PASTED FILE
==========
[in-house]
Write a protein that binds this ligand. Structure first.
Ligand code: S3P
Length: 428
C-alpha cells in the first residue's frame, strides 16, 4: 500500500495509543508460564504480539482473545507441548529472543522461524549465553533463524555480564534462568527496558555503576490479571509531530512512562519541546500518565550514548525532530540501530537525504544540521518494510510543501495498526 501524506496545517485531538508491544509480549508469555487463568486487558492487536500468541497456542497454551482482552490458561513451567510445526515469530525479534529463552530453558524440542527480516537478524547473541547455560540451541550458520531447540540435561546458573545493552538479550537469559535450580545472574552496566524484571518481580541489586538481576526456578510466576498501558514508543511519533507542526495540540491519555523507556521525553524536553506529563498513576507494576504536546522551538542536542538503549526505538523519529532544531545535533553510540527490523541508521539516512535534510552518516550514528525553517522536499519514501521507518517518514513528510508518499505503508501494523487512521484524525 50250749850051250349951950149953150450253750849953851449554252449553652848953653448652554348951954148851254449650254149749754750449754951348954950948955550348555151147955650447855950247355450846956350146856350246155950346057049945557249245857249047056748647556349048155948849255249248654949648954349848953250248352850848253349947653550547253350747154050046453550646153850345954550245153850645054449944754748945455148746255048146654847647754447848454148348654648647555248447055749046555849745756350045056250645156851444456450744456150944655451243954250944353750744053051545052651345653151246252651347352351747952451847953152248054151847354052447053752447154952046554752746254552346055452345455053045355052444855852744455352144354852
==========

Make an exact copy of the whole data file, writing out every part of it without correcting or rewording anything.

[in-house]
Write a protein that binds this ligand. Structure first.
Ligand code: S3P
Length: 428
C-alpha cells in the first residue's frame, strides 16, 4: 500500500495509543508460564504480539482473545507441548529472543522461524549465553533463524555480564534462568527496558555503576490479571509531530512512562519541546500518565550514548525532530540501530537525504544540521518494510510543501495498526 501524506496545517485531538508491544509480549508469555487463568486487558492487536500468541497456542497454551482482552490458561513451567510445526515469530525479534529463552530453558524440542527480516537478524547473541547455560540451541550458520531447540540435561546458573545493552538479550537469559535450580545472574552496566524484571518481580541489586538481576526456578510466576498501558514508543511519533507542526495540540491519555523507556521525553524536553506529563498513576507494576504536546522551538542536542538503549526505538523519529532544531545535533553510540527490523541508521539516512535534510552518516550514528525553517522536499519514501521507518517518514513528510508518499505503508501494523487512521484524525 50250749850051250349951950149953150450253750849953851449554252449553652848953653448652554348951954148851254449650254149749754750449754951348954950948955550348555151147955650447855950247355450846956350146856350246155950346057049945557249245857249047056748647556349048155948849255249248654949648954349848953250248352850848253349947653550547253350747154050046453550646153850345954550245153850645054449944754748945455148746255048146654847647754447848454148348654648647555248447055749046555849745756350045056250645156851444456450744456150944655451243954250944353750744053051545052651345653151246252651347352351747952451847953152248054151847354052447053752447154952046554752746254552346055452345455053045355052444855852744455352144354852